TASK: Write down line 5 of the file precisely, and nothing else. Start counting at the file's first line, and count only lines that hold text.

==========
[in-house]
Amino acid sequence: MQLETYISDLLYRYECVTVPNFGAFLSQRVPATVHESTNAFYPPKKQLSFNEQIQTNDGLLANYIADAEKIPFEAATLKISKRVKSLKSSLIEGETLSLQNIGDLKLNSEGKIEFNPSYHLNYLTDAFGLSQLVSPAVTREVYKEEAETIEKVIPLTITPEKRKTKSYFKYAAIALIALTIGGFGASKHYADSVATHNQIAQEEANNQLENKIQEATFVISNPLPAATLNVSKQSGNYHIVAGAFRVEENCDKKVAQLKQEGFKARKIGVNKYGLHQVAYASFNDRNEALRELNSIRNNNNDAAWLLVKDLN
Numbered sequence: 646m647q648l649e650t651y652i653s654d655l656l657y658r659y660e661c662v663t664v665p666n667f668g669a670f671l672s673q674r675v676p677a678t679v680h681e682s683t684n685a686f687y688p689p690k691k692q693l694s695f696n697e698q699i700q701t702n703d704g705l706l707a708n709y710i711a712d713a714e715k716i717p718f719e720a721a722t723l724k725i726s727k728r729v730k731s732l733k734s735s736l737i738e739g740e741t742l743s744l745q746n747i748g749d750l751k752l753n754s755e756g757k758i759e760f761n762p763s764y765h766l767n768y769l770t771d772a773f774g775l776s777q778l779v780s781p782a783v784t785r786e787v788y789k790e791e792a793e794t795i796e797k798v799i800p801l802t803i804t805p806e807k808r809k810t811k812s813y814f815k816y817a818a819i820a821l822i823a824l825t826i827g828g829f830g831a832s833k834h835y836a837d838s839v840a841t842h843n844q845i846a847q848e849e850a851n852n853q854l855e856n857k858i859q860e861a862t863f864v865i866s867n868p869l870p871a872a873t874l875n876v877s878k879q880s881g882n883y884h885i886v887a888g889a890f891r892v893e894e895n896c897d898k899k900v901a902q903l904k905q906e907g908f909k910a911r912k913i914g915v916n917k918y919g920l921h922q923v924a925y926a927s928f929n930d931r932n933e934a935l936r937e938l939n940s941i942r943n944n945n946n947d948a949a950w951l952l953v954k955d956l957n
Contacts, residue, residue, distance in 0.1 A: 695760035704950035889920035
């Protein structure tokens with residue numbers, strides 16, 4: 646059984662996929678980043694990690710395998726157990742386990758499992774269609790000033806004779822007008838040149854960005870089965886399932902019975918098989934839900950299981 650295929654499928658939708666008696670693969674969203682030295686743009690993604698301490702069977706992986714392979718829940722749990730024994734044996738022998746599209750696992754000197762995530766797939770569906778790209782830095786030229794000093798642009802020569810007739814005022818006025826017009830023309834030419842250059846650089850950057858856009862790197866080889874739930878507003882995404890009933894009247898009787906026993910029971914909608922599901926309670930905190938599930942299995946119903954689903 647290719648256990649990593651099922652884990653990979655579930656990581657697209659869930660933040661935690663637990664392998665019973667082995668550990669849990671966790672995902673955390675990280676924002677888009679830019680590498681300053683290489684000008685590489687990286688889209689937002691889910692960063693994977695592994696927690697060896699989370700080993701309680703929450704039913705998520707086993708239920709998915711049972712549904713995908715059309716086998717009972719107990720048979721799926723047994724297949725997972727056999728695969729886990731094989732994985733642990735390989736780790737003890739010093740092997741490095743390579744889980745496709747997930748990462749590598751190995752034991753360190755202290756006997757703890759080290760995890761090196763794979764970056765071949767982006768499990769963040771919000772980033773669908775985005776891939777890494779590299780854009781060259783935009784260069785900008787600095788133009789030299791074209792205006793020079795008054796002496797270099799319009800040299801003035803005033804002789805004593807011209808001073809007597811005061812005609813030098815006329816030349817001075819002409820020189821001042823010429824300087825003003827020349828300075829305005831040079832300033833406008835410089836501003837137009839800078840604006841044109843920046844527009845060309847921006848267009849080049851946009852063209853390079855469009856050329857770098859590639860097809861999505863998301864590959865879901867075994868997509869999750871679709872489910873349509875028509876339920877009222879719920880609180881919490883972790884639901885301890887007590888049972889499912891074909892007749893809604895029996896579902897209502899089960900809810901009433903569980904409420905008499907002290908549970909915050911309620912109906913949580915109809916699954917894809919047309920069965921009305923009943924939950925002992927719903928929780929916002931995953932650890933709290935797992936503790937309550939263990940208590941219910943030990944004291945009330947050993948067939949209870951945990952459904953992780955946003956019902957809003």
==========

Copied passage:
């Protein structure tokens with residue numbers, strides 16, 4: 646059984662996929678980043694990690710395998726157990742386990758499992774269609790000033806004779822007008838040149854960005870089965886399932902019975918098989934839900950299981 650295929654499928658939708666008696670693969674969203682030295686743009690993604698301490702069977706992986714392979718829940722749990730024994734044996738022998746599209750696992754000197762995530766797939770569906778790209782830095786030229794000093798642009802020569810007739814005022818006025826017009830023309834030419842250059846650089850950057858856009862790197866080889874739930878507003882995404890009933894009247898009787906026993910029971914909608922599901926309670930905190938599930942299995946119903954689903 647290719648256990649990593651099922652884990653990979655579930656990581657697209659869930660933040661935690663637990664392998665019973667082995668550990669849990671966790672995902673955390675990280676924002677888009679830019680590498681300053683290489684000008685590489687990286688889209689937002691889910692960063693994977695592994696927690697060896699989370700080993701309680703929450704039913705998520707086993708239920709998915711049972712549904713995908715059309716086998717009972719107990720048979721799926723047994724297949725997972727056999728695969729886990731094989732994985733642990735390989736780790737003890739010093740092997741490095743390579744889980745496709747997930748990462749590598751190995752034991753360190755202290756006997757703890759080290760995890761090196763794979764970056765071949767982006768499990769963040771919000772980033773669908775985005776891939777890494779590299780854009781060259783935009784260069785900008787600095788133009789030299791074209792205006793020079795008054796002496797270099799319009800040299801003035803005033804002789805004593807011209808001073809007597811005061812005609813030098815006329816030349817001075819002409820020189821001042823010429824300087825003003827020349828300075829305005831040079832300033833406008835410089836501003837137009839800078840604006841044109843920046844527009845060309847921006848267009849080049851946009852063209853390079855469009856050329857770098859590639860097809861999505863998301864590959865879901867075994868997509869999750871679709872489910873349509875028509876339920877009222879719920880609180881919490883972790884639901885301890887007590888049972889499912891074909892007749893809604895029996896579902897209502899089960900809810901009433903569980904409420905008499907002290908549970909915050911309620912109906913949580915109809916699954917894809919047309920069965921009305923009943924939950925002992927719903928929780929916002931995953932650890933709290935797992936503790937309550939263990940208590941219910943030990944004291945009330947050993948067939949209870951945990952459904953992780955946003956019902957809003």